CSL Behring Foundation Awards Grants Totaling More Than $534,000 to Benefit Bleeding Disorders Community
Cutting-edge research and community awareness projects funded during latest grant cycle
King of Prussia, PA — 24 November 2008
The CSL Behring Foundation for Research and Advancement of Patient Health has awarded more than $534,000 in funding for programs designed to benefit the bleeding disorders community. The grants will support a range of initiatives, including research projects and programs developed to educate and support patients.
The Foundation awards grants on two occasions each year. In this cycle, seven organizations received eight awards.
An independent Advisory Council, consisting of hematologists, patients and other members of the bleeding disorders community with the sole authority to award the grants, reviews all grant requests in the two areas of scientific exploration and patient care/support. The CSL Behring Foundation is a non-profit organization dedicated exclusively to charitable, scientific and educational purposes that advance the standard of care for persons affected by bleeding disorders such as hemophilia and von Willebrand Disease. Since its inception in 2001, the CSL Behring Foundation has awarded millions of dollars in grants to the bleeding disorders community.
"CSL Behring is committed to improving the quality of life for people with rare diseases and we are proud to offer our continued support to researchers and advocates who are dedicated to helping those who cope with these often debilitating disorders," said Garrett E. Bergman, M.D., executive director of the CSL Behring Foundation. "We strongly encourage all eligible organizations to submit grant requests for future consideration."
Two research grants, for more than $275,000, were awarded to Rush University Medical Center in Chicago and a grant for more than $190,000 was given to the University of North Carolina at Chapel Hill. These grants will be used to fund projects striving to improve the quality of life for hemophiliacs.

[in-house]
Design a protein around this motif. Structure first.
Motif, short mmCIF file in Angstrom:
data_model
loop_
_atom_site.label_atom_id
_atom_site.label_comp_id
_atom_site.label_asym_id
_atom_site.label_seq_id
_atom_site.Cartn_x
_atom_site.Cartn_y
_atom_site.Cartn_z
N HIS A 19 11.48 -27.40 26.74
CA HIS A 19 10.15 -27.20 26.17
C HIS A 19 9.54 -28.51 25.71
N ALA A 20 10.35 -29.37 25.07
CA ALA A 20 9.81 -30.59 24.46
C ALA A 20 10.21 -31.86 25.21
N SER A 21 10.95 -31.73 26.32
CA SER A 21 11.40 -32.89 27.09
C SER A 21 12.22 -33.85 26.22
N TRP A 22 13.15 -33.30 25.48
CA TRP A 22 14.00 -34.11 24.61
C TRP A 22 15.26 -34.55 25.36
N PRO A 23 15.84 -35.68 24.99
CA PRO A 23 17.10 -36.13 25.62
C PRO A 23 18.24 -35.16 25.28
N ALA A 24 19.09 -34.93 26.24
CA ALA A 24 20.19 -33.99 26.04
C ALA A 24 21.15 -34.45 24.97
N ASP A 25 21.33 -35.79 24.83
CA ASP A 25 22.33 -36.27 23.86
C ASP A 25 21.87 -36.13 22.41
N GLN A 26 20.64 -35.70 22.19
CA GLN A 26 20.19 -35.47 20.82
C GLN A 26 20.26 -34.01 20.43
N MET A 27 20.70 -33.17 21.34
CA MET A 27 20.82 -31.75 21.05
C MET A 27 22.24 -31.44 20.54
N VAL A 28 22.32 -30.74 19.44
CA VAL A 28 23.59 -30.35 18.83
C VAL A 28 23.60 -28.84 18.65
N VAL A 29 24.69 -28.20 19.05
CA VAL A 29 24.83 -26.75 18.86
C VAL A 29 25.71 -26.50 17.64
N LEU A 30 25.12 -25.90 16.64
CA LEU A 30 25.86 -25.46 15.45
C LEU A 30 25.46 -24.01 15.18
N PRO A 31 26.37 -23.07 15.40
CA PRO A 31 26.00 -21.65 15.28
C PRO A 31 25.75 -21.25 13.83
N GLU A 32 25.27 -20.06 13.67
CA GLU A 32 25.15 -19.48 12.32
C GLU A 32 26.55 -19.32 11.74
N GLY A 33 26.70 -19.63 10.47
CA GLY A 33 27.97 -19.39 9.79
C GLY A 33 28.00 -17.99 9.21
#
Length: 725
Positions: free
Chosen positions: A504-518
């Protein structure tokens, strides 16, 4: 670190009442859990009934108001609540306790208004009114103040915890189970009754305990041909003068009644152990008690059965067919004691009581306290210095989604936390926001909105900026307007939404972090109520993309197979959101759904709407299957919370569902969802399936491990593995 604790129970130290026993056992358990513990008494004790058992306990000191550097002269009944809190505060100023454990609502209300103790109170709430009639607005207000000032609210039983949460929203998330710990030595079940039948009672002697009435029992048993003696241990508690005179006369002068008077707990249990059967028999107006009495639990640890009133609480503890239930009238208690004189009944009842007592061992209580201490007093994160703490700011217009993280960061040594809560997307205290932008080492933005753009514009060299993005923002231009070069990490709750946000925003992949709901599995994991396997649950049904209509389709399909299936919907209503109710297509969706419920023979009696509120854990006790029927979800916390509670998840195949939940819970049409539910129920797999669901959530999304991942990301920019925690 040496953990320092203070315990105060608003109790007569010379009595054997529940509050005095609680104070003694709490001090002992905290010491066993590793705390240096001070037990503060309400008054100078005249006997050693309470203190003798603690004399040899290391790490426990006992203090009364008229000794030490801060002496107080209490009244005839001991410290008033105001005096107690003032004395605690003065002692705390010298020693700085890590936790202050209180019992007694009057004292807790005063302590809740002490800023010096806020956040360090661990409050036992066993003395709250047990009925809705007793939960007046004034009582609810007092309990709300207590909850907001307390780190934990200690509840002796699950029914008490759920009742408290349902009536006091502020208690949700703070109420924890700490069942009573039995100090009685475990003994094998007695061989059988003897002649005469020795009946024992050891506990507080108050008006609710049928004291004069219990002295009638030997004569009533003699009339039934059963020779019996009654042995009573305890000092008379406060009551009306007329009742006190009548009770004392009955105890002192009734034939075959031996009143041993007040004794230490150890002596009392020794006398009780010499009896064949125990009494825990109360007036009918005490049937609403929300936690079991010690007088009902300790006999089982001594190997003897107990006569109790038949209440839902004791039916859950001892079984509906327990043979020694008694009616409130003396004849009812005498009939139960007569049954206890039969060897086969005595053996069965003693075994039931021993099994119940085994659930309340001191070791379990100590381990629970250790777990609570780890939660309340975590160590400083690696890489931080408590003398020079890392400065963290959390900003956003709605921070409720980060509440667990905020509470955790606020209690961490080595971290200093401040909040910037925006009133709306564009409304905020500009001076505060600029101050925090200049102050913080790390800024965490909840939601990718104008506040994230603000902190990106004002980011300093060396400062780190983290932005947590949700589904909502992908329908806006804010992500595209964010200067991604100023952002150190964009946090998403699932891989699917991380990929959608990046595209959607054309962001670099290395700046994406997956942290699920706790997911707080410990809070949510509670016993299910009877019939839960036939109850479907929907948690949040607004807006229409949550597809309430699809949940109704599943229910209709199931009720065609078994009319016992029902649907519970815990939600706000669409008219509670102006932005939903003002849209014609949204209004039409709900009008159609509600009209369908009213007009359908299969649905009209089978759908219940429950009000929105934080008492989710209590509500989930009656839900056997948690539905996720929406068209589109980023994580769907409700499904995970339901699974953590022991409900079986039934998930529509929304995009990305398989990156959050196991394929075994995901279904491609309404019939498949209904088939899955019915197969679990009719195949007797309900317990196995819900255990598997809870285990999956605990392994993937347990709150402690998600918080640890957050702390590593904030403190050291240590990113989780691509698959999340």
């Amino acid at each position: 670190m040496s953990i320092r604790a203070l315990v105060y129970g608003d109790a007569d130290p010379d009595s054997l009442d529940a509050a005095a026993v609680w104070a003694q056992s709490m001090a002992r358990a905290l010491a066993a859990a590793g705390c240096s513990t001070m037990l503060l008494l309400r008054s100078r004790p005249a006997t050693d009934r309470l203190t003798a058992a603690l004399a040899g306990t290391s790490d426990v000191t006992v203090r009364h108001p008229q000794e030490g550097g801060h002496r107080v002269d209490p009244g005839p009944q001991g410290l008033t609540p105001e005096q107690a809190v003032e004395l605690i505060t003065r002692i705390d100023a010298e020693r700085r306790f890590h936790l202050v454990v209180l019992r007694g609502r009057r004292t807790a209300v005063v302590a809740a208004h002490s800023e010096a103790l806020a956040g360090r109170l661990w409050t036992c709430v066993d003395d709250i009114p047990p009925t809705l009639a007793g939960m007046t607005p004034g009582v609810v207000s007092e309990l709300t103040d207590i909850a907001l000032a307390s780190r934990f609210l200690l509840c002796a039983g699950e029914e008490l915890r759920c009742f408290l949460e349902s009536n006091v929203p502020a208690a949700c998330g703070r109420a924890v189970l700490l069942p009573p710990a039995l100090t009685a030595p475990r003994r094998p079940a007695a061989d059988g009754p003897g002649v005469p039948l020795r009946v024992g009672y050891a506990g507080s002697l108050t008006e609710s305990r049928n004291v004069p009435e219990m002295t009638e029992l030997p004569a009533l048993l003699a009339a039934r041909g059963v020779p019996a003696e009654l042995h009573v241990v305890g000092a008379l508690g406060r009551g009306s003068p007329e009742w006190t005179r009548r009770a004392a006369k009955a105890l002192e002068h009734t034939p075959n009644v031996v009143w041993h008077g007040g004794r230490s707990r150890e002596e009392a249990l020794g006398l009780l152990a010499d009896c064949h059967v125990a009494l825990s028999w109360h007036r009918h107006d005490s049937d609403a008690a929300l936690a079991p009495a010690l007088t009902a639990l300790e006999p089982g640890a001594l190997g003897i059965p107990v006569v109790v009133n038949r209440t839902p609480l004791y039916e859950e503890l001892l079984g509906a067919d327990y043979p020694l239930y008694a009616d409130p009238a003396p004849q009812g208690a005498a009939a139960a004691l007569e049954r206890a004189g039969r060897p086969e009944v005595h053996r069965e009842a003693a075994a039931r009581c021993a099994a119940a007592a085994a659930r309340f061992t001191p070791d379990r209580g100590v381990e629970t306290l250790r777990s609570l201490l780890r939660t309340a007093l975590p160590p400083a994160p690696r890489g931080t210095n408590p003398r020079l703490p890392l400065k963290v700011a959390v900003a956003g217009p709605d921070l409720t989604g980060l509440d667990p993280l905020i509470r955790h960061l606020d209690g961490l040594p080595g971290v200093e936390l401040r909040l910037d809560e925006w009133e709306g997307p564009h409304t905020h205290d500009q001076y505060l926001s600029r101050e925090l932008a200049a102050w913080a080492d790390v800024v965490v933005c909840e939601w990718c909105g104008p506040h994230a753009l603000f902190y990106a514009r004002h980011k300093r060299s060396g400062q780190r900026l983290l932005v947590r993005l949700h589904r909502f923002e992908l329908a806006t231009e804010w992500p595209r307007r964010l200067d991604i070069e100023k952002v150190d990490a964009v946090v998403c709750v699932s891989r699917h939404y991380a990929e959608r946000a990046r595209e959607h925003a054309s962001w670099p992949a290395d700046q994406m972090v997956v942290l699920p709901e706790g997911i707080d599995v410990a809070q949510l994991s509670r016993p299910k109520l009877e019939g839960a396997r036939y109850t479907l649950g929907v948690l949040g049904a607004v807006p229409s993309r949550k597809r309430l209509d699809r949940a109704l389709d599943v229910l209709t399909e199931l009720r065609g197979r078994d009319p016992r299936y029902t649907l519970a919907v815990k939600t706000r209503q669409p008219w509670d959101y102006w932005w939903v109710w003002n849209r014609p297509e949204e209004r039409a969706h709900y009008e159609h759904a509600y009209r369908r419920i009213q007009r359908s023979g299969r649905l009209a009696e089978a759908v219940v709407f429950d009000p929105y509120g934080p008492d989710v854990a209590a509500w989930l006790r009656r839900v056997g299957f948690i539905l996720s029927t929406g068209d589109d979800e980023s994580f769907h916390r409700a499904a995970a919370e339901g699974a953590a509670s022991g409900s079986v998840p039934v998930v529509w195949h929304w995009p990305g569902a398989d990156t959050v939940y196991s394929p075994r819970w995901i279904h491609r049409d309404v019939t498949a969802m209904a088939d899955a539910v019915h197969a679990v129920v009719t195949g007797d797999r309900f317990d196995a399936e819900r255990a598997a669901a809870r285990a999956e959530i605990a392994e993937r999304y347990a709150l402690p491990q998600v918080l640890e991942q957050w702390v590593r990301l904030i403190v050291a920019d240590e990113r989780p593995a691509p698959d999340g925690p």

A patient grant to Hemophilia of North Carolina will fund an educational retreat for women affected by a bleeding disorder, such as von Willebrand Disease, and their teenage daughters. The retreat will feature experts in the field of treatment, genetics, advocacy and resources.
Other CSL Behring Foundation grant recipients are:
- Florida Hemophilia Association (FHA) (Palmetto Bay, Fla.)
- Hemophilia Foundation of Illinois (HFI) (Chicago, Ill.)
- Hemophilia Foundation of Minnesota/Dakotas (HFMD) (Mendota Heights, Minn.)
- The University of Colorado Denver – Hemophilia and Thrombosis Center’s Region VIII and Region X Nursing Group (Aurora, Colo.)
About the CSL Behring Foundation
Founded in 2001 as an independent, non-profit corporation, the CSL Behring Foundation for Research and Advancement of Patient Health is the only corporate foundation dedicated exclusively to charitable, scientific and educational purposes designed to advance the standard of care for persons affected by bleeding disorders. The CSL Behring Foundation is governed by an Advisory Council, consisting of healthcare professionals and advocates who are renowned for their dedication to the bleeding disorders community. The Advisory Council has the sole authority to award all grants.